The Dress

(“ The Dress” first appeared in Skirt Magazine))

In the Beginning was the dress. And the dress came up from New Orleans and lived in a closet in Memphis and waited for a party. One day, the husband said, “We have a party.” And the dress came out: the velvet-flocked, spaghetti-strapped, leopard-printed, spandex-induced dress. And the dress slipped on the gold bracelet and the gold necklace and the gold earrings. And the dress picked out the closed-toed pumps because the dress knew that one more inch of skin would be too much. And when the husband saw the dress, the husband said:

“You could stop a clock in that dress.”

And that was good.

Into the party walked the dress, and there the dress saw the men in their black ties. And their black shirts. And their white band collars. Clerical collars. And that was … okay because the party was to honor a Catholic priest and the dress believed that the collars were the friends of the priest. But then the dress saw a man. In flowing white robes tied ‘round his waist with a servant’s rope.

“Friar”, said the dress.

“Monk”, said the husband.

And that was … a little confusing.

So the dress sat down at the table. And there she found a program written on white parchment paper. The program unfolded and inside of the program was revealed … the menu for the evening. So the dress waited for the salad.

But before the salad arrived, a man ascended to the podium and greeted the dress and the collars and the black ties. And the man welcomed the people to the annual fundraiser. For the seminary students. Men who had pledged their lives to God. And celibacy.

Mortification descended upon the dress.

Leaning over to the husband, the dress said, “I didn’t know that this was a Dominican fund raiser. A supper for seminarians,” hissed the dress. And the husband said:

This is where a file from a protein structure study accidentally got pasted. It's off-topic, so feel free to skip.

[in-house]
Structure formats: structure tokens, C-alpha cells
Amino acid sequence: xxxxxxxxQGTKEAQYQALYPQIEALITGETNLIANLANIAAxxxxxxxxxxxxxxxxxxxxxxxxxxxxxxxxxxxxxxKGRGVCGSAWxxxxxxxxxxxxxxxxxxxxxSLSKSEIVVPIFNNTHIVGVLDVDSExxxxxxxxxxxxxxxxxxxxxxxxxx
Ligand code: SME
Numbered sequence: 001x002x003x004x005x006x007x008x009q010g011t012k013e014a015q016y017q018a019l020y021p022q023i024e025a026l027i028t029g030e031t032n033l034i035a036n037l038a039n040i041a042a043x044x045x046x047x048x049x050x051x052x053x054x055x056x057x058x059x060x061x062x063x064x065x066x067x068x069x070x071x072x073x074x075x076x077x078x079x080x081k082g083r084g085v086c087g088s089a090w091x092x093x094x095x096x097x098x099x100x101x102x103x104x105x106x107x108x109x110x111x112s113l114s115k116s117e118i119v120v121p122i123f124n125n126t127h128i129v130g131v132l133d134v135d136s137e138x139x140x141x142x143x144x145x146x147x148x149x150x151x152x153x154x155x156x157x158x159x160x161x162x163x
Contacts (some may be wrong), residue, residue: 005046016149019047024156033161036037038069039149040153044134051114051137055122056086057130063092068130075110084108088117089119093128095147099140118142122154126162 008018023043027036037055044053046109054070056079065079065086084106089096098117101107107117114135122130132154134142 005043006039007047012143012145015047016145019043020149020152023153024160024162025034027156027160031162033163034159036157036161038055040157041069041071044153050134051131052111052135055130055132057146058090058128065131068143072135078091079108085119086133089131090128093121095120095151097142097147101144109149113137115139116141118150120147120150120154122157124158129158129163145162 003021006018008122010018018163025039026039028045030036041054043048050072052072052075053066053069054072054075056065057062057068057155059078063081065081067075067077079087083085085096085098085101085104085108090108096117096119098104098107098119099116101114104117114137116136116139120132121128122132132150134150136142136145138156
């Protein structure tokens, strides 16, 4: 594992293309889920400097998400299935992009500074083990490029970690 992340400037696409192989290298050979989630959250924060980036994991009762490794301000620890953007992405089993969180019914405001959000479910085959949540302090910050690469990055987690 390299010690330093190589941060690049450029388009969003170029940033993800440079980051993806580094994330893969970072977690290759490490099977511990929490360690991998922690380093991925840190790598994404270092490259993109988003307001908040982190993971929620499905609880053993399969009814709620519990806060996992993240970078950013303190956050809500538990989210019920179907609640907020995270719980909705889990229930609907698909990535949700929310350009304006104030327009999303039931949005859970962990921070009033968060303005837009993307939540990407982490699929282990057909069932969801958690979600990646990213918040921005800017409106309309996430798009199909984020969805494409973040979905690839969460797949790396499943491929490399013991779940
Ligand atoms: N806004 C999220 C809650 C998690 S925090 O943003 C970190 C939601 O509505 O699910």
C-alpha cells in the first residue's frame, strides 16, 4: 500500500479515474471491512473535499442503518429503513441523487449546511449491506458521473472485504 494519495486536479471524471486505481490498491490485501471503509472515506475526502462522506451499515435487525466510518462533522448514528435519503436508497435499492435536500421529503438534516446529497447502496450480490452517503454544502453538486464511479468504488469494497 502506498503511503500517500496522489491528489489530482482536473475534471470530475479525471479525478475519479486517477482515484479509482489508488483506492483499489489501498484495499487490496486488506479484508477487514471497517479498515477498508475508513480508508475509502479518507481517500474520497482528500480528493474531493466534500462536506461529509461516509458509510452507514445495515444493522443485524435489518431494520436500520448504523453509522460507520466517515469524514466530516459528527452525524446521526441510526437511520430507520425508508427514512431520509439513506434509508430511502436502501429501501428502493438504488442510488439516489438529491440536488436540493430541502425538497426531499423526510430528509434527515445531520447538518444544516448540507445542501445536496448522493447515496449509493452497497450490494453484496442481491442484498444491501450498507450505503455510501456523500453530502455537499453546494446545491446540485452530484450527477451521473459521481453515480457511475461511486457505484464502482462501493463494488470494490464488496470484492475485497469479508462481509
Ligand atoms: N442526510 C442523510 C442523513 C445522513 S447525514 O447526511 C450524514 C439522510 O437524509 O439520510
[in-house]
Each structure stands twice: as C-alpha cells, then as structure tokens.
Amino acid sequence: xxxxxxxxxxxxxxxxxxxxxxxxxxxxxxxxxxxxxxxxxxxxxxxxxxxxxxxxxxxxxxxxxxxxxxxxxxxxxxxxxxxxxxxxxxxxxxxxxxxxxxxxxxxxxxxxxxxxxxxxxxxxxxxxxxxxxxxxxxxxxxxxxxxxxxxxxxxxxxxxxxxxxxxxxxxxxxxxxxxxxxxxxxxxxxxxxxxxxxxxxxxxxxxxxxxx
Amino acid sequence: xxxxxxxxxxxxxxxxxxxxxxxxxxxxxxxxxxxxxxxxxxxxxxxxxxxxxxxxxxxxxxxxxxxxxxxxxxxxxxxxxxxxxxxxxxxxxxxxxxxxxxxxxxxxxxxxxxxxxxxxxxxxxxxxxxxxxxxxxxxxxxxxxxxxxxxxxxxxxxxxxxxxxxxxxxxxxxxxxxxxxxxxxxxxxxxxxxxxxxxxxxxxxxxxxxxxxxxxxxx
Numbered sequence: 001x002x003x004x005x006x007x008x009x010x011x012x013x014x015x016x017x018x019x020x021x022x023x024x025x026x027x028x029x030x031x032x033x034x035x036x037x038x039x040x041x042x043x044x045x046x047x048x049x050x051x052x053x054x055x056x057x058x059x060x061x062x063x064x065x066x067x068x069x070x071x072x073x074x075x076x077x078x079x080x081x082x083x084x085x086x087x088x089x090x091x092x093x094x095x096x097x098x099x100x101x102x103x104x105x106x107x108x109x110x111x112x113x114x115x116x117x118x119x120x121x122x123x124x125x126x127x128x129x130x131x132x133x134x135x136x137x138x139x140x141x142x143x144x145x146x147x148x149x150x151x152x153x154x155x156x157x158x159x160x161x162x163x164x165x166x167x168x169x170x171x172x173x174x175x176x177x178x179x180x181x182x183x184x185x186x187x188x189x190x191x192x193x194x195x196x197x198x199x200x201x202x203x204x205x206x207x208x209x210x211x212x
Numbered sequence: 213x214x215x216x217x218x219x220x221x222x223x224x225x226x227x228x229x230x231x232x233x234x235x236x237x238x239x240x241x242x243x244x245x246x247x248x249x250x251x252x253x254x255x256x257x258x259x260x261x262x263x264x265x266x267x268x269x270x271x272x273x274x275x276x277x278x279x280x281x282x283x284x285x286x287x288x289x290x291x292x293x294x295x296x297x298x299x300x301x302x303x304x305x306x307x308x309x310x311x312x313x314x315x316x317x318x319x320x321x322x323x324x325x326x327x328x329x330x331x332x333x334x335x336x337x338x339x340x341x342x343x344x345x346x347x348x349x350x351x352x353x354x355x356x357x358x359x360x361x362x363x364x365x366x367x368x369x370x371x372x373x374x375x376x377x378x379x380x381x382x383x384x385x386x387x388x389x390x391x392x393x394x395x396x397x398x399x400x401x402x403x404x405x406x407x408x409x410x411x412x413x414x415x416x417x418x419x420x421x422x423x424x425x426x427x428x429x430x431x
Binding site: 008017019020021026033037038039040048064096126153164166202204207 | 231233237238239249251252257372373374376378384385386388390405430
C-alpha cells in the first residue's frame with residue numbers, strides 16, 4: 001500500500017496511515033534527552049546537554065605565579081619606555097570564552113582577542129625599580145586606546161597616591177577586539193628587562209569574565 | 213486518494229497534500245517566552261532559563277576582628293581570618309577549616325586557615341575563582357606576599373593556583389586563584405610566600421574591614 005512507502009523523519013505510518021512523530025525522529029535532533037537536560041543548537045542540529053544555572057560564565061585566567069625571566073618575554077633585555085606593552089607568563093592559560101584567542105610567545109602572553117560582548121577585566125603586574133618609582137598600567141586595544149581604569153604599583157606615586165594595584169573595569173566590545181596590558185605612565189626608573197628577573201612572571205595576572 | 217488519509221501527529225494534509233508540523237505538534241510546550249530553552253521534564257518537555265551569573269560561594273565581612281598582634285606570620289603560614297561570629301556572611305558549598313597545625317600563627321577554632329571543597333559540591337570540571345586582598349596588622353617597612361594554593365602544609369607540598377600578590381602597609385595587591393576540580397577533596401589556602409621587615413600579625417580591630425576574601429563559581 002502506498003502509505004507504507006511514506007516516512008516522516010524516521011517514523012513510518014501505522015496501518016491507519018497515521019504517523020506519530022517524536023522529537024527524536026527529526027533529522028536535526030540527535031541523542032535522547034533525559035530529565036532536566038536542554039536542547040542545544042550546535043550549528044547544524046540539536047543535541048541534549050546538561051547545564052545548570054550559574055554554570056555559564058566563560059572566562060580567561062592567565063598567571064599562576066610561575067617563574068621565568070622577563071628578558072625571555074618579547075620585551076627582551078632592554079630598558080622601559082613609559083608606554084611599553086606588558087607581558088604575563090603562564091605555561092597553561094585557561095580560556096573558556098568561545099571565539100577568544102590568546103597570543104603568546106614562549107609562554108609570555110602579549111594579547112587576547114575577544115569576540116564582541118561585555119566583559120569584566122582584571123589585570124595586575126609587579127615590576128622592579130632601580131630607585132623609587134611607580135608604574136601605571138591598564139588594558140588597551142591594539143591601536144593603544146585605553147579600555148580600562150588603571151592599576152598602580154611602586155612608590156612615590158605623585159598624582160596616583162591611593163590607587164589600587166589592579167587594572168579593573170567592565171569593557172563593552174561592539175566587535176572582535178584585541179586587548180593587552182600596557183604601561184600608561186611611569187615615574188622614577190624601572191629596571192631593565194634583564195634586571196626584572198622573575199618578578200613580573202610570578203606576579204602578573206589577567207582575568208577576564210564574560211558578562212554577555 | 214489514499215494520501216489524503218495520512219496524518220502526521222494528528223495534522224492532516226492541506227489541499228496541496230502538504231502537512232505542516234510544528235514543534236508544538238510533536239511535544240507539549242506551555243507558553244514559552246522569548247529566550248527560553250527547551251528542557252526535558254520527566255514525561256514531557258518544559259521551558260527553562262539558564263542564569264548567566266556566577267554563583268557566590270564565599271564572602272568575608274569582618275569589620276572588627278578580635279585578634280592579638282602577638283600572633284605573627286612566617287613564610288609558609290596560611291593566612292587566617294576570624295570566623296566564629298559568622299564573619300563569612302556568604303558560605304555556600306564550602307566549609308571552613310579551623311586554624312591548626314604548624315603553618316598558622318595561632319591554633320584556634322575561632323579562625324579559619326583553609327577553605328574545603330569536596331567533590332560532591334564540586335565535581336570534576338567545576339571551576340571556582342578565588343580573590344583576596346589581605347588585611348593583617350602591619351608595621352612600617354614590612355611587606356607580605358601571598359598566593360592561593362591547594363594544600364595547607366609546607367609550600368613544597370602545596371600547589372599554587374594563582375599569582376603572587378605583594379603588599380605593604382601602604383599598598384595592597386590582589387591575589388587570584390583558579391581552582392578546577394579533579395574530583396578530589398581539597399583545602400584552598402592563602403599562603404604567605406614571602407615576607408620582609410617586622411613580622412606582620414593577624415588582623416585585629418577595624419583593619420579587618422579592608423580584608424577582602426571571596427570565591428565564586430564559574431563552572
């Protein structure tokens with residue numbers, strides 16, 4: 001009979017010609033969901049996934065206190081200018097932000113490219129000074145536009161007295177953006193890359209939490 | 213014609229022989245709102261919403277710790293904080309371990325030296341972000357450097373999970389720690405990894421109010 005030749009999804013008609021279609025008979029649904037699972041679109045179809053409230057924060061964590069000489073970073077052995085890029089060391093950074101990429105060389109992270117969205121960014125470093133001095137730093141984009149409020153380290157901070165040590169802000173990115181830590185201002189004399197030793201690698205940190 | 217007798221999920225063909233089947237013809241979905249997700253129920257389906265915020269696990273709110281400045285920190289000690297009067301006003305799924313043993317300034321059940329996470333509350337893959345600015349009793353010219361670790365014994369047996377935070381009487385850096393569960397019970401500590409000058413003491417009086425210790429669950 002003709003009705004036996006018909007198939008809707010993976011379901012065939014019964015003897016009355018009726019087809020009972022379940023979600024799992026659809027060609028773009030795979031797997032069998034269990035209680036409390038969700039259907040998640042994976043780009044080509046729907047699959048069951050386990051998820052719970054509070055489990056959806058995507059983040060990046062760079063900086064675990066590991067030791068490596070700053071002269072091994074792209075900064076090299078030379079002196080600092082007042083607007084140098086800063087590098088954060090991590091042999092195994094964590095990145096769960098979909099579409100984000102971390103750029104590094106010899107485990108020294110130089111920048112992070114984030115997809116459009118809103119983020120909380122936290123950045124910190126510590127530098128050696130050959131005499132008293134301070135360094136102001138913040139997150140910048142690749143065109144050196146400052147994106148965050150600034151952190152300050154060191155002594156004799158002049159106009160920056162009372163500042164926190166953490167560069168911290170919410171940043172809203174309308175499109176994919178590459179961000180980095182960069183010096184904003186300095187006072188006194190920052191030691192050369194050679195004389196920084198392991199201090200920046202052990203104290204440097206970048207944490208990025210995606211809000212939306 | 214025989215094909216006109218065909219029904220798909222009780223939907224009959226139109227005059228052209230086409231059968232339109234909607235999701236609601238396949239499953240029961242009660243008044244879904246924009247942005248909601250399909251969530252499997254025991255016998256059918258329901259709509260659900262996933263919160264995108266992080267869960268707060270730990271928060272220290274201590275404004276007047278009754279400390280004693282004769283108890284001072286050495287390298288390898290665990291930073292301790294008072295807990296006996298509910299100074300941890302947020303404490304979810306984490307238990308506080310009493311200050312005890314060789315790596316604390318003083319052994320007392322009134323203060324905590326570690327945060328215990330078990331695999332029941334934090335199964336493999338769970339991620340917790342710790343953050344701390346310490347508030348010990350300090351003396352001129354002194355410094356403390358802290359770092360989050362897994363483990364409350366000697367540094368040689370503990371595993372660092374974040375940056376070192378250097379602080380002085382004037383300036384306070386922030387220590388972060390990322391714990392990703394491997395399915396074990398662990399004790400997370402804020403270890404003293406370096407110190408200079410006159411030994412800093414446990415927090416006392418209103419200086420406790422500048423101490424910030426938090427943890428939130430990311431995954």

“I told you it was black tie.”

And that was bad.

And the dress eyed the coat rack but it stood across the room, and the dress knew she could never make it. So, the salad was served and the wine was poured and the dinner arrived and the water was drunk and the dessert was served and the coffee was poured.

And so it came to pass that … the dress had to pee.

And the dress knew that the restrooms lay far away – far across the dance floor, far into the lobby. And the dress stood up. And the dress tugged down her hem. And the dress pulled up her bosom. And the dress walked across the dance floor and past the tables and out the door and through the lobby and into the restroom. And there, waiting in front of all the mirrors, the dress stood. With the other dresses. Below-the-knee dresses. Discreet dresses. Sunday School dresses.

And that was very bad.

But, finally, the dress was able to leave. Able to walk into the lobby.

And there, in the lobby, stood a woman. The woman stood against the wall, in a black sheath, with luminescent white pearls and proper blond hair. A woman of refinement, a woman of taste. And the dress had to walk past the woman to get out of the lobby.
But when the dress walked past the woman, the woman smiled and stepped away from the wall. The woman walked up to the dress and said:

“I have to tell you, you were the most elegant woman here tonight.”

And the rush to confess her mortification swept over the dress, but the dress was stopped by the woman’s wavering smile. For in that wavering smile, the dress recognized the courage it takes to give a stranger a complement. So the dress said to her new friend, “No, you were the elegant one. So beautiful.”

And the woman smiled and said, “Not me, I’m too fat.”

And the dress left the party with a song in her heart, a song that could’ve only been placed there by a black-sheathed, pearl-bedecked angel of God.

And that was good.


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